When my grandpa passed, there were many things to deal with, one of which was going through my grandparent’s house full of stuff. While I wasn’t as involved in this task as much as other family members were, the little that I did do proved to be an emotional process. Some of the items that I uncovered brought back sweet memories, some produced a few tears, and some were just plain interesting.
When I opened one of Grandma’s large kitchen drawers, I found it packed hundreds of newspaper clippings and small scraps of paper. Upon a closer look, I discovered most of them were recipes. I brought them home and have been sorting through them over the past week.
Among the piles of recipes for Buckeyes (why so many, I don’t know), was a cookie recipe written on the back of her mother’s application for a driver’s license, a newspaper article promoting cake as a good way to cut food expenses, and the grand national winning recipes for the 1952 Pillsbury Baking Contest. There were also lots and lots of recipes for doughnuts – something you don’t see much of anymore (the recipes that is, not the doughnuts) – and probably thirty recipes for frosting. She must have given up on finding a good frosting recipe because for as long as I can remember she bought Betty Crocker canned frosting.
My very mild mannered grandma also had a recipe for Ocean Spray Cranberry Apple Bread from Yankee Magazine, on which she had written, “Tried, even though they didn’t list flour. Had to eat with a spoon. I’m writing to Yankee Magazine about this!!! I couldn’t believe one could make bread without flour but thought perhaps it was something New Englanders liked.”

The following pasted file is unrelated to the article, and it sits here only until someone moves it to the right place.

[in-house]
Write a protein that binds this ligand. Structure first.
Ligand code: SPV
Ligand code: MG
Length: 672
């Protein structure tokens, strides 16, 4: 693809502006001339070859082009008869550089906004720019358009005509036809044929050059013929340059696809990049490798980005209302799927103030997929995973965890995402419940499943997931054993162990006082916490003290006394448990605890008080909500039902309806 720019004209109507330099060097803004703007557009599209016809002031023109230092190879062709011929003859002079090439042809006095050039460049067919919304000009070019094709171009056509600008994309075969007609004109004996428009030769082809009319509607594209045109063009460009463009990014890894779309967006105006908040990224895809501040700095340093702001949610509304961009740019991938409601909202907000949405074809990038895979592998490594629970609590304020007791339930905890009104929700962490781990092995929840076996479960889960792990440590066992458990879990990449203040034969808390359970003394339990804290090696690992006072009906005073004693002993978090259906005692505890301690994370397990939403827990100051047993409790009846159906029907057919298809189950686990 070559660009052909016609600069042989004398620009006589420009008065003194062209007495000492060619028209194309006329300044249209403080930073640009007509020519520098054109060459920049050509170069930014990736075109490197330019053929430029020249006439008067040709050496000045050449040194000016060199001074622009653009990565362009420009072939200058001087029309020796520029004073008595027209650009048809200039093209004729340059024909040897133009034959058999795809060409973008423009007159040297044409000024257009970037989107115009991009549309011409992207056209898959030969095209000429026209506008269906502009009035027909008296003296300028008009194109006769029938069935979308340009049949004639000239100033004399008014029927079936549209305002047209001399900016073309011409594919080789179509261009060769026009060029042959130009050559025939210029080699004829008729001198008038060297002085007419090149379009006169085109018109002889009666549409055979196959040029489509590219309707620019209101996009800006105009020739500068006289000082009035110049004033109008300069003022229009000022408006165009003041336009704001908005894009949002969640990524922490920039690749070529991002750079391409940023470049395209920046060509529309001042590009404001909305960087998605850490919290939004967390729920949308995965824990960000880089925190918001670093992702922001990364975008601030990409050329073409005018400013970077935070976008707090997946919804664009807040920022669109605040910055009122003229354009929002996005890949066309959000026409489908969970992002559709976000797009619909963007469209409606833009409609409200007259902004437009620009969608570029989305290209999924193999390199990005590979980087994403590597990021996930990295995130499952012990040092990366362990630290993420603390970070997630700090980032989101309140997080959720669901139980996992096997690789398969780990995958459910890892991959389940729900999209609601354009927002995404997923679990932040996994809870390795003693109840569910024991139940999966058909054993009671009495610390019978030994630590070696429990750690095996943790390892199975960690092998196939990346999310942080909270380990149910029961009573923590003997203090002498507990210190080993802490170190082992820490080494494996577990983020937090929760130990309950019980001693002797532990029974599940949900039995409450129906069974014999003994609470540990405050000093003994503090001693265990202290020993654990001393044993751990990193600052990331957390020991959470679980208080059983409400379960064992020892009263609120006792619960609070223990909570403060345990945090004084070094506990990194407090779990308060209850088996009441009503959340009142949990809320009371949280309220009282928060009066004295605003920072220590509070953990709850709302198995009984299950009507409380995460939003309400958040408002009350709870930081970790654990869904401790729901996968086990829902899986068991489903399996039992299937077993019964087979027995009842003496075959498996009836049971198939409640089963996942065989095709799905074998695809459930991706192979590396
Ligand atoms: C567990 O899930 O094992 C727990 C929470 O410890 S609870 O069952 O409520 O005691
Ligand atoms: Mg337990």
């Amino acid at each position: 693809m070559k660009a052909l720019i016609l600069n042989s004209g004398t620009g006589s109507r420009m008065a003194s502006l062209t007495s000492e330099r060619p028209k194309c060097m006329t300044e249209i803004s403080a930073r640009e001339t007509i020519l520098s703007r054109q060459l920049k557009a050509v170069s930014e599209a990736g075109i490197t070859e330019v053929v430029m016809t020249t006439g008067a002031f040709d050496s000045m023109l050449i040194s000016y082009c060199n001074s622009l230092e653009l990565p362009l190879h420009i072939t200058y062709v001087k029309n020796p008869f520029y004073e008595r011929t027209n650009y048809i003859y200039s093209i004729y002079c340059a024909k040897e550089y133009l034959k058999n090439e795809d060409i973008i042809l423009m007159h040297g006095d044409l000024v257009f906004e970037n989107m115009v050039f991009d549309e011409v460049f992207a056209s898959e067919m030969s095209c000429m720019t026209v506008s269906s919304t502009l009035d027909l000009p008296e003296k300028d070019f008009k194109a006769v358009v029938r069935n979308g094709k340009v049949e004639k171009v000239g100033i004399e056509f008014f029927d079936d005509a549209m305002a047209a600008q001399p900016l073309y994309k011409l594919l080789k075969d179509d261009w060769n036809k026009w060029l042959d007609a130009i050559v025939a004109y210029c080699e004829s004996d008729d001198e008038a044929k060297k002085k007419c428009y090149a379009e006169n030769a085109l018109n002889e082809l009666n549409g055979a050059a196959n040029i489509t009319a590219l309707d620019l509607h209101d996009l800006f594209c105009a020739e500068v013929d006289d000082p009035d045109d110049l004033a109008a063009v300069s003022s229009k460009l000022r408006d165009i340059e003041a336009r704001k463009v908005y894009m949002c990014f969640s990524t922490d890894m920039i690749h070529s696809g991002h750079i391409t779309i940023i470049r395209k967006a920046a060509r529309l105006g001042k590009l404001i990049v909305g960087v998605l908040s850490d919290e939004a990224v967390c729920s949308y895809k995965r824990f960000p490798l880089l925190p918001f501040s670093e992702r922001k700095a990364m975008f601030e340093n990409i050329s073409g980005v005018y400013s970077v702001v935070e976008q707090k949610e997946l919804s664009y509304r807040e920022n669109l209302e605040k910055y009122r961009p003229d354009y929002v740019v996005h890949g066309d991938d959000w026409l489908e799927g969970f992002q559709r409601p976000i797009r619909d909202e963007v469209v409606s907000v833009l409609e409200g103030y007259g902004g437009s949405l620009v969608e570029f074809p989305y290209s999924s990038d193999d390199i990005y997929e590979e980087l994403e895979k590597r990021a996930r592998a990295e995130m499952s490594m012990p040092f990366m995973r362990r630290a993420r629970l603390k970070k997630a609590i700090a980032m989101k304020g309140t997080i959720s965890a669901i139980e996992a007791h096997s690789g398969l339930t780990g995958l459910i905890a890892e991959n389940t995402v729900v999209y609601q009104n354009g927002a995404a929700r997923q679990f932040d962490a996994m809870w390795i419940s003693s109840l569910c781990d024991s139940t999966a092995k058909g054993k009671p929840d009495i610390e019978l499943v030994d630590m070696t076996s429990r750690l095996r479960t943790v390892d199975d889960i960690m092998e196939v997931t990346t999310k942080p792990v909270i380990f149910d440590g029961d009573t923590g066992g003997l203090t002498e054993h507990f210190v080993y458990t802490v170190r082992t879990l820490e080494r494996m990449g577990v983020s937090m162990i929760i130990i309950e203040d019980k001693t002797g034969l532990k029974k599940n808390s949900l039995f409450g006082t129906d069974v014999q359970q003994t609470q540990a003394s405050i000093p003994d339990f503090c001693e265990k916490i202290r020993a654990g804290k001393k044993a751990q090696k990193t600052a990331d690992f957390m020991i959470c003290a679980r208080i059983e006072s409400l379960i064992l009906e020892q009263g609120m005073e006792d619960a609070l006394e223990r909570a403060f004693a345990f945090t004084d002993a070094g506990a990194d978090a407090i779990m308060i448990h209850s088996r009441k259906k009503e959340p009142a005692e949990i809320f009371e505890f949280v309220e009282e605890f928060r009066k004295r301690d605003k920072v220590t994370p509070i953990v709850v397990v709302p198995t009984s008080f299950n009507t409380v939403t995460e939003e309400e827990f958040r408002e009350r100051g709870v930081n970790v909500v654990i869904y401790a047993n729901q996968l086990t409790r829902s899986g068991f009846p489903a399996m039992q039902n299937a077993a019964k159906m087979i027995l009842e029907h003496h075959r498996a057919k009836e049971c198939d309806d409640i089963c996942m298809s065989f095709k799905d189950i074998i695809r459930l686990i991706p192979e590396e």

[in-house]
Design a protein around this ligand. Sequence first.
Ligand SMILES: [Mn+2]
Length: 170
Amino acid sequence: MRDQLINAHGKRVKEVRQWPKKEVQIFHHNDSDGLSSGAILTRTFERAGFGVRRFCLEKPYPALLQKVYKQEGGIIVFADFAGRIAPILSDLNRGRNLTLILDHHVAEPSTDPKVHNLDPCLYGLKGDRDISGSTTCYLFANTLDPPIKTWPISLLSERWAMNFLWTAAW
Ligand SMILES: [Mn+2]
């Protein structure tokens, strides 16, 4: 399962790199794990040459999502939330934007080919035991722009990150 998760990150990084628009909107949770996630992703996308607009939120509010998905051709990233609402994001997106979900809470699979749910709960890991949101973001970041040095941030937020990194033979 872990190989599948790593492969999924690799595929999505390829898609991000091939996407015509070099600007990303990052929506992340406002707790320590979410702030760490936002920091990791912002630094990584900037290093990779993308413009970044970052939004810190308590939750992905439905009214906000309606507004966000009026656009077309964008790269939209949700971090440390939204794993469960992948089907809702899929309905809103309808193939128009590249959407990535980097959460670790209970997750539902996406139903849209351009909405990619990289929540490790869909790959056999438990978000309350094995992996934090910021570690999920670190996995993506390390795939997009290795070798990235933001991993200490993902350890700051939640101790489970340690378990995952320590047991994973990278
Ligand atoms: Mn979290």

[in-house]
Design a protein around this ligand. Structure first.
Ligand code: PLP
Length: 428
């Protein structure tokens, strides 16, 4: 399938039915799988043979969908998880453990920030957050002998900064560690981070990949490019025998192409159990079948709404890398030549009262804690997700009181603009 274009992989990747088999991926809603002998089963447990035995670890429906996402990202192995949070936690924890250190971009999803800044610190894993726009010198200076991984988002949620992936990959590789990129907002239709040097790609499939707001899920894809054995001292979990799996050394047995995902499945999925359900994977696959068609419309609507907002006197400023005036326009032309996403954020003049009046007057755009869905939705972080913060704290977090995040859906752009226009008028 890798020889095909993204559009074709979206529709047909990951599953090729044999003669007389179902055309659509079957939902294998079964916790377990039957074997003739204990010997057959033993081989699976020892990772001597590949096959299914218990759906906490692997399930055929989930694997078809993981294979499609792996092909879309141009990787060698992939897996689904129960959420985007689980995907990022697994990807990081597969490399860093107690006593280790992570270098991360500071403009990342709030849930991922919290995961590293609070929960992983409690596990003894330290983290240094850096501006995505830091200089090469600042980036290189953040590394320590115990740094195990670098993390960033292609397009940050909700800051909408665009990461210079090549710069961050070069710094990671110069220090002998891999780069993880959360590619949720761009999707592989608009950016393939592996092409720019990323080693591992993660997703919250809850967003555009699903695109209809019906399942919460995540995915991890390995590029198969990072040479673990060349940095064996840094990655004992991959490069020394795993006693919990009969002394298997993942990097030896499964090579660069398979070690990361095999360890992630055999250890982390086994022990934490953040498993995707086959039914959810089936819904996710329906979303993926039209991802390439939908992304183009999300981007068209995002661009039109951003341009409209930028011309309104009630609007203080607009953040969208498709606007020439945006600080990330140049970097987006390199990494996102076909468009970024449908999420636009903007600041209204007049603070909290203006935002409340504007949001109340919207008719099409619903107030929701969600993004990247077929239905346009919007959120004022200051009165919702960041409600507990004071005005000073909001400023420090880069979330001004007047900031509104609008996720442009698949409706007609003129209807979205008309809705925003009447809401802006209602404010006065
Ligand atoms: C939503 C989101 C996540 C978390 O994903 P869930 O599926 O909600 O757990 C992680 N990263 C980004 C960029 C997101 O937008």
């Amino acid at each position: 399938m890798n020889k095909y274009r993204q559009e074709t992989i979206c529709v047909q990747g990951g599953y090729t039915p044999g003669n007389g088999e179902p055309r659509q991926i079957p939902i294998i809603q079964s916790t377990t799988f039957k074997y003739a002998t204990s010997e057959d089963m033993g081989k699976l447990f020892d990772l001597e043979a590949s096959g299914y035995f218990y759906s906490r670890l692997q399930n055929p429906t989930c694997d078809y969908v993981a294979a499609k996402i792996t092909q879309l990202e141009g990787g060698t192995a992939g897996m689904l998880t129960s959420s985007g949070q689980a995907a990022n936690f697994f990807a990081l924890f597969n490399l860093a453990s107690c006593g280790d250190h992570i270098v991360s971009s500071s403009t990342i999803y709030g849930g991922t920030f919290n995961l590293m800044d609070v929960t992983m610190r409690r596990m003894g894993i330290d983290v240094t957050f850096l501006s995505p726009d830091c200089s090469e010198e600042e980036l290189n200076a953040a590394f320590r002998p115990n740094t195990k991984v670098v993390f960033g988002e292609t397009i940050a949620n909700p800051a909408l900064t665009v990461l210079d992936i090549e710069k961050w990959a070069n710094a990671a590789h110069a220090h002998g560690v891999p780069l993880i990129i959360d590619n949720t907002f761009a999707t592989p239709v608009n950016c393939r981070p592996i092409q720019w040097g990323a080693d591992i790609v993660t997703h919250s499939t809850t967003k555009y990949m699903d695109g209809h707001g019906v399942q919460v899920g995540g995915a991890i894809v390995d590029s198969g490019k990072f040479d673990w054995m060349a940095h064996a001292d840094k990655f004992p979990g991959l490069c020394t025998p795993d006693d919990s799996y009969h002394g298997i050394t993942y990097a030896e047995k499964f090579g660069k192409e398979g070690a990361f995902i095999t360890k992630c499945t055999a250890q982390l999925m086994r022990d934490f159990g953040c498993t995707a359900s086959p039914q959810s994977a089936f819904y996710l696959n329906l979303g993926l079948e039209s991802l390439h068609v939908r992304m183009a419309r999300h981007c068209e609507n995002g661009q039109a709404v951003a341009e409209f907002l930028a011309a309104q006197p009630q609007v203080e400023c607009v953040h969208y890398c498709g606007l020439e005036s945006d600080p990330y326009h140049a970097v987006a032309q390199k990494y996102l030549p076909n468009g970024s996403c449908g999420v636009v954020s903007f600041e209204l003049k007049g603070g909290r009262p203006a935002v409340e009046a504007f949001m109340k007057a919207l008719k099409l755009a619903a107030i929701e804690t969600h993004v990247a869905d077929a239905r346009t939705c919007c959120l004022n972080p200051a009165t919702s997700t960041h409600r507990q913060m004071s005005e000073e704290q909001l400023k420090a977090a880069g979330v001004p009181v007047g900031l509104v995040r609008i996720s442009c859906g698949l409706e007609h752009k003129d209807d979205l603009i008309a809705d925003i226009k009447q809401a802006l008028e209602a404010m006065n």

She must have written them, because underneath that recipe was a postcard written personally to Grandma from Yankee Magazine with their apologies for the omission of flour from the bread recipe. Under that was another recipe – the new and corrected one – with 1 1/2 cups flour. I laughed when I saw the notes written all over the new recipe. “Tried again the right way! Success!!” and then a long list of dates on which she made the recipe again and again. After each date she wrote a comment on how it turned out – all positive, of course.
My favorite finds were the very used and worn recipes handed down from her mother. These recipes must be at least 70 years old.
Going through the old, browned and brittle newspaper clippings, I found an article on how to make rugs from old blankets, an advertisement for an indoor clothes dryer that offered “sunshine indoors”, a full page about a 1947 “modern automatic gas refrigerator” that boasted “No Moving Parts!” and promised to bring you food storage convenience, and several ads for Fletcher Castoria – “the laxative made especially for infants and children”.
And I’ve never seen so many advertisements for baking soda. I wonder why.
Tucked under the recipe for Fried Dandelion Blossoms were several Christmas cookie recipes. I think I may try a couple over the weekend. If they turn out good, I’ll be sure to share them with you!